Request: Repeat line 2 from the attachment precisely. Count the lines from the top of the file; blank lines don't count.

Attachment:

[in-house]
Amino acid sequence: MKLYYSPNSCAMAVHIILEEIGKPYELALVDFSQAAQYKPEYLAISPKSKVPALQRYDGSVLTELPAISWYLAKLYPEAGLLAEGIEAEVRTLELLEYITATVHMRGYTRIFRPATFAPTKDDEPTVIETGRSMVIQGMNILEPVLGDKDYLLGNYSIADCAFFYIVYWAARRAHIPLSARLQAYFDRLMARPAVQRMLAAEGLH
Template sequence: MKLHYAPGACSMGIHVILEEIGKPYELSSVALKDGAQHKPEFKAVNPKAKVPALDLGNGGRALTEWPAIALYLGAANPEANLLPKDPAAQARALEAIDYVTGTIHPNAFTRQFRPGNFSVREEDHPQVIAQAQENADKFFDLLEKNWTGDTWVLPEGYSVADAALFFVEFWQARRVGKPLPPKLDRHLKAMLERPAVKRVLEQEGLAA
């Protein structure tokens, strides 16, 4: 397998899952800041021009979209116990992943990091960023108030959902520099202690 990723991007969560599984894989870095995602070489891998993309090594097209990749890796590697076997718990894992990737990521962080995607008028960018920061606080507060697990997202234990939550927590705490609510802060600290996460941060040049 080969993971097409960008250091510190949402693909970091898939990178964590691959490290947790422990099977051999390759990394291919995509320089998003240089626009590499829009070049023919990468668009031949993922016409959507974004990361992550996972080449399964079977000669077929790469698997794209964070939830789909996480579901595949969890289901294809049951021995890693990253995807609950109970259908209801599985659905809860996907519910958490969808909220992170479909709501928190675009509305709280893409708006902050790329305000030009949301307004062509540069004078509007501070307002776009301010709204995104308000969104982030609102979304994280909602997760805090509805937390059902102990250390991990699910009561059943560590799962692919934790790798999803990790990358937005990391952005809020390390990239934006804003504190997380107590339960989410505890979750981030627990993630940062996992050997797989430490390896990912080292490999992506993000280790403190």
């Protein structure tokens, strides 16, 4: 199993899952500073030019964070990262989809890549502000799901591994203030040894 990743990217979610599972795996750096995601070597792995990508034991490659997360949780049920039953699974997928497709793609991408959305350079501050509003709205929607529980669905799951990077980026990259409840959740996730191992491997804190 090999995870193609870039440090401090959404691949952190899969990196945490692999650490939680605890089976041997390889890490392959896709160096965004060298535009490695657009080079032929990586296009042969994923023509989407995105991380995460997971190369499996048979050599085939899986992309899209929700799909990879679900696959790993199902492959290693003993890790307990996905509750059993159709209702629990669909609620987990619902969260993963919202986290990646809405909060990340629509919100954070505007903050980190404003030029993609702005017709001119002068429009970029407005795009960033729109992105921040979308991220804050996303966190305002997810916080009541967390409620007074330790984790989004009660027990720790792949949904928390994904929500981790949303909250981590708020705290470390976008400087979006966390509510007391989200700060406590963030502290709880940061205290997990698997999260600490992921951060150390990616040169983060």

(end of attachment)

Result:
Amino acid sequence: MKLYYSPNSCAMAVHIILEEIGKPYELALVDFSQAAQYKPEYLAISPKSKVPALQRYDGSVLTELPAISWYLAKLYPEAGLLAEGIEAEVRTLELLEYITATVHMRGYTRIFRPATFAPTKDDEPTVIETGRSMVIQGMNILEPVLGDKDYLLGNYSIADCAFFYIVYWAARRAHIPLSARLQAYFDRLMARPAVQRMLAAEGLH